With almost 600 days to go until the start of the 2024 Olympic and Paralympic Games, Phryges has been unveiled as the official mascot of Paris 2024. At a press conference in Paris, the mascots were presented. The history of the oppressed people is linked to the origin of the Phrygian cap, sometimes called the Liberty cap and the bonnet rouge. The floppy shape of the cap can be attributed to the pileus or pylos cap which was given to slaves in ancient Rome as a symbol of their freedom. The twins Castor and Pollux, who hatch from an egg and are depicted wearing pileus, are born into new life in Greek and Roman mythology with their freedom.
While the Paralympic Phryge and the Olympic Phryge may have a similar appearance, their personalities are vastly different. They are a force to be reckoned with because of the harmony between the two. The Olympic Phryge and the Paralympic Phryge complement and enhance each other, with the motto "Alone we go fast, but together we go further." The Olympic Phryge is a strategic thinker with a logical, mathematical mind. Its methodical mind and seductive charm certainly inspire people to participate in athletics. The Paralympic Phryge is impulsive, lively and enthusiastic. It propagates the virtues of sport and will be present at all Paris 2024 sporting events to honor athletes. With a prosthetic and a racing blade, Paralympic Phryge serves as a role model for many and increases the visibility of people with disabilities. The Olympic and Paralympic mascots will also be animated! As representatives of the Olympic Games Paris 2024, they will interact with the French public until 2024, when all major events will take place in different regions of the country, and will also be present at most important sporting and cultural events held in France.
These friezes, the little Phrygian caps that are a powerful symbol of liberty not only in France but throughout the world, have been given the duty of assisting the French in a new revolution – a revolution through sport. The Olympic Phryge and the Paralympic Phryge, two mascots who share the same belief that sport has the power to change everything, will lead the effort. And the mascots of Paris 2024 are setting an example by training relentlessly to get as many people involved as possible in a tremendous build-up of energy and enthusiasm as the Games draw closer. By selecting a Paralympic mascot with a visual disability, Paris 2024 also hopes to provide the most visibility to people with disabilities and strongly advocate for the inclusive principles supported by sport in general and the Paralympic Games in particular.
The XXXIII Olympiad, often referred to as the Olympic Games Paris 2024, will take place in Paris, France, from July 26 to August 11, 2024. Twelve men's teams and twelve women's teams will compete in their respective competitions starting a day earlier, on 25 July , and continuing until the end of the Games. The preliminary round will take place at the South Paris Arena 6 in Paris, and games from the quarter-finals will be played at the Pierre Mauroy Football Stadium in Lille, which also serves as the venue for the 2017 IHF Men's World Championships. The France men's and women's teams have already qualified as they are the host nation. The remaining 22 teams will be determined by a number of continental and qualifying competitions, starting with the 2022 Women's European Championships, which are currently taking place in Slovenia and whose winners will be guaranteed a place in Paris in 2024 if they qualify on Sunday, Nov. Let's win 20.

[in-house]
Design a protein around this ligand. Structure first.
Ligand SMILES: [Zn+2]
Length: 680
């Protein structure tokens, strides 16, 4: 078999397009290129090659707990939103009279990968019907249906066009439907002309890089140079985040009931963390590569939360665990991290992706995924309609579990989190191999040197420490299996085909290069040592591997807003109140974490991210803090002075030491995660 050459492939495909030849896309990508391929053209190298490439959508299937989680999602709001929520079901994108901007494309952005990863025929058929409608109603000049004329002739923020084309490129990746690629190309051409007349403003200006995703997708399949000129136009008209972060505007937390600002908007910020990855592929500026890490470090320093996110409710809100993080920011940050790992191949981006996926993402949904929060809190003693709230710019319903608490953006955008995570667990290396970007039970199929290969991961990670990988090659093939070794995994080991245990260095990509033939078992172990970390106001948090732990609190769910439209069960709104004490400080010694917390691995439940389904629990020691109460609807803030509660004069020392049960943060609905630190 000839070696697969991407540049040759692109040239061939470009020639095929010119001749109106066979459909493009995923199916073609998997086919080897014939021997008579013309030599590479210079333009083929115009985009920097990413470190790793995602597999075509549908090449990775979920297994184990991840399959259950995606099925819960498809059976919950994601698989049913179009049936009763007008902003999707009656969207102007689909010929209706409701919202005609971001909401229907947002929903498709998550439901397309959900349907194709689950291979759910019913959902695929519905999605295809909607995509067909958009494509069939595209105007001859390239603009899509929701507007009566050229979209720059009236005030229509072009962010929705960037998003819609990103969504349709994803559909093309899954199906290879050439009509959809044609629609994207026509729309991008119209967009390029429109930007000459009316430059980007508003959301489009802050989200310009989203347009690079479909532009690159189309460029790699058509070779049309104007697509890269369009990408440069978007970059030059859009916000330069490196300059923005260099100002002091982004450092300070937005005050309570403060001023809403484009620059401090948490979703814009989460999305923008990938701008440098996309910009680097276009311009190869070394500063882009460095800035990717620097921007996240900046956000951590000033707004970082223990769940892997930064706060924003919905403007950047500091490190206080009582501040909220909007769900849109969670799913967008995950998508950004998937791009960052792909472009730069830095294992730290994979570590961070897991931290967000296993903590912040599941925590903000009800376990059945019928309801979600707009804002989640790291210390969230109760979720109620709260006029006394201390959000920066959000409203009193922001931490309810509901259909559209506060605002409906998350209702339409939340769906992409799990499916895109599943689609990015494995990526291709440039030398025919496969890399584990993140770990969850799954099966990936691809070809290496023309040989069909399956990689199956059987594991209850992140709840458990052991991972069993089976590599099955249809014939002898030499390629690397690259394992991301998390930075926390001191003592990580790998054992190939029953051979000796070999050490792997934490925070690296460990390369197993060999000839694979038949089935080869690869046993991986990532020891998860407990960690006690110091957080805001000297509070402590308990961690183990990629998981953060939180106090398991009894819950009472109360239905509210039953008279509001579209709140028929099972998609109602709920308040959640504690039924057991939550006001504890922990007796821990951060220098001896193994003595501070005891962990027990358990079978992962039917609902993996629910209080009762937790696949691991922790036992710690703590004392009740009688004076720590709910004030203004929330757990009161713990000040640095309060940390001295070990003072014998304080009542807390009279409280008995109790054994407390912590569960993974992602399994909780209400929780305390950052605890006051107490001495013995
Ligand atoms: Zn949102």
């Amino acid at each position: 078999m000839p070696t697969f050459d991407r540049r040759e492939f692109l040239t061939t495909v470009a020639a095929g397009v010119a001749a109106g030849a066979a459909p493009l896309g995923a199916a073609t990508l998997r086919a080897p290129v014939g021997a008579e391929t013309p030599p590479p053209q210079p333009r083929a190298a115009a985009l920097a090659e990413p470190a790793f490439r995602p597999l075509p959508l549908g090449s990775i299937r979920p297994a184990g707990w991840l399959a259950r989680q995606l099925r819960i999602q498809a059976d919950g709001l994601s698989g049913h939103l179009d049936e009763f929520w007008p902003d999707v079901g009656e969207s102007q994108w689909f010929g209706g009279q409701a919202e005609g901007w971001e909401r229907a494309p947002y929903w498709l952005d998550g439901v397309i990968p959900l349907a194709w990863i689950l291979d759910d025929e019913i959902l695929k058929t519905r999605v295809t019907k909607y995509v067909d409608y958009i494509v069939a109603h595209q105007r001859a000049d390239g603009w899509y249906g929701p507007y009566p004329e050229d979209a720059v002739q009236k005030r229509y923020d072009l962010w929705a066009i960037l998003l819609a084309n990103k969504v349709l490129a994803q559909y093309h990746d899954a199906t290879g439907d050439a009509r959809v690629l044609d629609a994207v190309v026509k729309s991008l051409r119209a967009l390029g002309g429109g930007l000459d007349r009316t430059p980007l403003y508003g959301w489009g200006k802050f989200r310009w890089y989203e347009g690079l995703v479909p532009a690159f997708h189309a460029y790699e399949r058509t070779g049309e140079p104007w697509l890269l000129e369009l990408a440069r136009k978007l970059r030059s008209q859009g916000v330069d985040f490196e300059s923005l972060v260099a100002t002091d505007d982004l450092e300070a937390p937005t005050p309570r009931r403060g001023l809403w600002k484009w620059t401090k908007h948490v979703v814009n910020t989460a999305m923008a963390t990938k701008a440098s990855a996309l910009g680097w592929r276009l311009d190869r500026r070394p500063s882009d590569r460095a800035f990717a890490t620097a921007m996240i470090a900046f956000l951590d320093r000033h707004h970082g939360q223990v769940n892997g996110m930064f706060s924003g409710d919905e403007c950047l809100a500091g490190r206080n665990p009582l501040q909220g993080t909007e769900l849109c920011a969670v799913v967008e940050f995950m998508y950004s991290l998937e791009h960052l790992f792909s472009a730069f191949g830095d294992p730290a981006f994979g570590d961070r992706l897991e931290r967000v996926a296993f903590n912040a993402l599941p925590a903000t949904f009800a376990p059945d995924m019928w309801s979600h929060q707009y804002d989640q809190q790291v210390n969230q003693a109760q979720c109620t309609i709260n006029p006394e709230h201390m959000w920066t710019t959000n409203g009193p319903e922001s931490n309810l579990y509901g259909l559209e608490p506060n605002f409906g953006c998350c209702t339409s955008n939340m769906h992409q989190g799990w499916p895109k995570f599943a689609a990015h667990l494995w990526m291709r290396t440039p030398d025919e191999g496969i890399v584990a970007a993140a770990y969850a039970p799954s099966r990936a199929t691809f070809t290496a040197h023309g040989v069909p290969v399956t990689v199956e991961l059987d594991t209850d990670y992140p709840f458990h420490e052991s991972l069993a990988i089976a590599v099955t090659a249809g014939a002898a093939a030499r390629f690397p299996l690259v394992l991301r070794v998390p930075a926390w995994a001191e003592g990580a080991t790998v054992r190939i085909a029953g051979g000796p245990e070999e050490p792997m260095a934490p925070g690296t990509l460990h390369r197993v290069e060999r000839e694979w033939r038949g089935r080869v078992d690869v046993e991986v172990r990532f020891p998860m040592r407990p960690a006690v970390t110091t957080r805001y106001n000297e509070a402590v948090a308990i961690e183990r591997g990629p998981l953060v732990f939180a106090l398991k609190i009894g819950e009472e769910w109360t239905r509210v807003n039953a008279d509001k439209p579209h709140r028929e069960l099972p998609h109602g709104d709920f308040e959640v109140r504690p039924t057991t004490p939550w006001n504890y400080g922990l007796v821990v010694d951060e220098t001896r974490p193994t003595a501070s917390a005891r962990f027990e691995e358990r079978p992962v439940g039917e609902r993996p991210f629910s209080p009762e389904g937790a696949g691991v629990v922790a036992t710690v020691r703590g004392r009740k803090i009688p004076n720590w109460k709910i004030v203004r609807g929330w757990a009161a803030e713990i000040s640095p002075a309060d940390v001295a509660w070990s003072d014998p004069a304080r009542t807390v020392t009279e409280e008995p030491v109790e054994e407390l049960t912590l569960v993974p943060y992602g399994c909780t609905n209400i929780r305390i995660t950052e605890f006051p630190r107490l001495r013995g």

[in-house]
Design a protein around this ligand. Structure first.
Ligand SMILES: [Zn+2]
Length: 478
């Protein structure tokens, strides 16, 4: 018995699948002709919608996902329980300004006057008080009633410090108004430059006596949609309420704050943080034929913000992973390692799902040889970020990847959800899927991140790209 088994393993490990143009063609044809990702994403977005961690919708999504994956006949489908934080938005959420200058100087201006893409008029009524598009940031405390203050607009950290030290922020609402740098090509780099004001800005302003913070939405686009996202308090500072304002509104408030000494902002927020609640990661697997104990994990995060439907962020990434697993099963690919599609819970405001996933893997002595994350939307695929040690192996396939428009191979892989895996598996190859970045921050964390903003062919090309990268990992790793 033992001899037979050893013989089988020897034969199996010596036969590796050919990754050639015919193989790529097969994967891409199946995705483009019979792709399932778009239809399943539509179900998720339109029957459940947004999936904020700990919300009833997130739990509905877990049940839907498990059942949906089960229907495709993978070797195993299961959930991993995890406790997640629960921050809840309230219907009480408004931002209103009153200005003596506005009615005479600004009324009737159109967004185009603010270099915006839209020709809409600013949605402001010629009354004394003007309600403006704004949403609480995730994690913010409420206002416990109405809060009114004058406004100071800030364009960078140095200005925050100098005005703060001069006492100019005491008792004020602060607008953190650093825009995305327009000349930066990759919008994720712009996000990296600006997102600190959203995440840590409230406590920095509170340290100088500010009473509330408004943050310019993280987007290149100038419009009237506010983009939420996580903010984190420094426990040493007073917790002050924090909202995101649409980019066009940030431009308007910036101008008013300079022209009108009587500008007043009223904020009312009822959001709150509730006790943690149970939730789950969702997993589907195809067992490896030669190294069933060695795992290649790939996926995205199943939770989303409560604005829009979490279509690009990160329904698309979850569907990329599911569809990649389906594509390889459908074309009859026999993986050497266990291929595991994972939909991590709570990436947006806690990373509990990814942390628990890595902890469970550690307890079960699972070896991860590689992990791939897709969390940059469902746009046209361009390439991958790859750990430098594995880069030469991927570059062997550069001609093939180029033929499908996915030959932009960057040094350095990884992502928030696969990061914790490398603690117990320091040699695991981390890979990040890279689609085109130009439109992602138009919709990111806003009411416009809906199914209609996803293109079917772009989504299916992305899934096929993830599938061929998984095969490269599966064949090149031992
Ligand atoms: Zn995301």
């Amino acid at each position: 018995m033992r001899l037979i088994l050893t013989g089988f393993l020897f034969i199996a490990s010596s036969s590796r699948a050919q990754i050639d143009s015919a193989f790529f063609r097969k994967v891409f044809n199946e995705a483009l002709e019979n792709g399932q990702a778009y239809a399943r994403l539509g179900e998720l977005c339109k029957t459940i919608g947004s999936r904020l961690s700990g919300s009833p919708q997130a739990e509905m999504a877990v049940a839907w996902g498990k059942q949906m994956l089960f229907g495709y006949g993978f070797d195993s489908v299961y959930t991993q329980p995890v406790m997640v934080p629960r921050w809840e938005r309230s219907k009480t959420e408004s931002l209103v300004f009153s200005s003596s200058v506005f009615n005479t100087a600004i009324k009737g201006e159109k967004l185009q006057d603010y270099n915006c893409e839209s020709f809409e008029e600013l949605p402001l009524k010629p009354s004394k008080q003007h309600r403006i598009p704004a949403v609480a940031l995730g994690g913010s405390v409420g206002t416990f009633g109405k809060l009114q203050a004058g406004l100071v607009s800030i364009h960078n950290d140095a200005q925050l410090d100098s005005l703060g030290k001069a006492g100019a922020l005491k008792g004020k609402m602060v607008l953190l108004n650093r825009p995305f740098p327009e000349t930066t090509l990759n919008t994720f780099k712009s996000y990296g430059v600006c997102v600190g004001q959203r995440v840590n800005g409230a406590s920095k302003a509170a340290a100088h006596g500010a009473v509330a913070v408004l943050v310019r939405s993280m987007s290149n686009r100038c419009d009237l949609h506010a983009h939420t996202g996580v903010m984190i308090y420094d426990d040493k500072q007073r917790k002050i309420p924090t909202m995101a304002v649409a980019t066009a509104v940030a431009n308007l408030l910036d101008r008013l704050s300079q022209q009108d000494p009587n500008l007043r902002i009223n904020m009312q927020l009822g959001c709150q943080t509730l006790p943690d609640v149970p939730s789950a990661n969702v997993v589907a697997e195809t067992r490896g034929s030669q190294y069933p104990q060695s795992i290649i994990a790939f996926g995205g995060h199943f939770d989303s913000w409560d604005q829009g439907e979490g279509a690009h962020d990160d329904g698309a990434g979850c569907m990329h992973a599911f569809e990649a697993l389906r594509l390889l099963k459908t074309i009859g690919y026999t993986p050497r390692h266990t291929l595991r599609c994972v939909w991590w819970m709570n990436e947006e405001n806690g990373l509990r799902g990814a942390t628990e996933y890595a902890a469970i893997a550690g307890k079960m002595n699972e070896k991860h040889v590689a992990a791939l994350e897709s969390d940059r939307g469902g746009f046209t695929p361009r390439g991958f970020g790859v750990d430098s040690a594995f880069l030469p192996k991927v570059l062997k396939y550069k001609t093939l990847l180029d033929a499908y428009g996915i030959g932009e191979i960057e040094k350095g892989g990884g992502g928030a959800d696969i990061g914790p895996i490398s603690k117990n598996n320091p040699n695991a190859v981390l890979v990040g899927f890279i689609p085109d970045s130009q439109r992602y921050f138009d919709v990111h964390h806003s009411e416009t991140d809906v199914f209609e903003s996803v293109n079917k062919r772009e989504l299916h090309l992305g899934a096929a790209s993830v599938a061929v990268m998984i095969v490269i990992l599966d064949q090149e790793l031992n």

This new generation of Phryges will make history for Paris 2024. The tribe of mascots, led by one Olympic and one Paralympic Phrygian, will play a vital role in achieving Paris 2024's goal of revolutionizing sport to change lives. Their goal is to show the world that sport has the power to transform society and deserves a prominent place in it. Phryges will work to make sports in all its forms a part of daily life, whether as participants in sports or as spectators. The organizing committee announced that freebies and other mascot merchandise are now available for purchase both online and at physical locations to commemorate the mascot's debut. The Paris 2024 webpage has more details.
Since the arrival of Shus, a red, white and blue mascot on skis, at the Olympic Winter Games in Grenoble in 1968, mascots have been amusing and joyous representatives of the Olympic movement. The Paris 2024 Olympic and Paralympic Games, which have been tasked with demonstrating to the world that sport is capable of transforming society, deserves to play an important role in this. Let's start a revolution through sports with Freeze.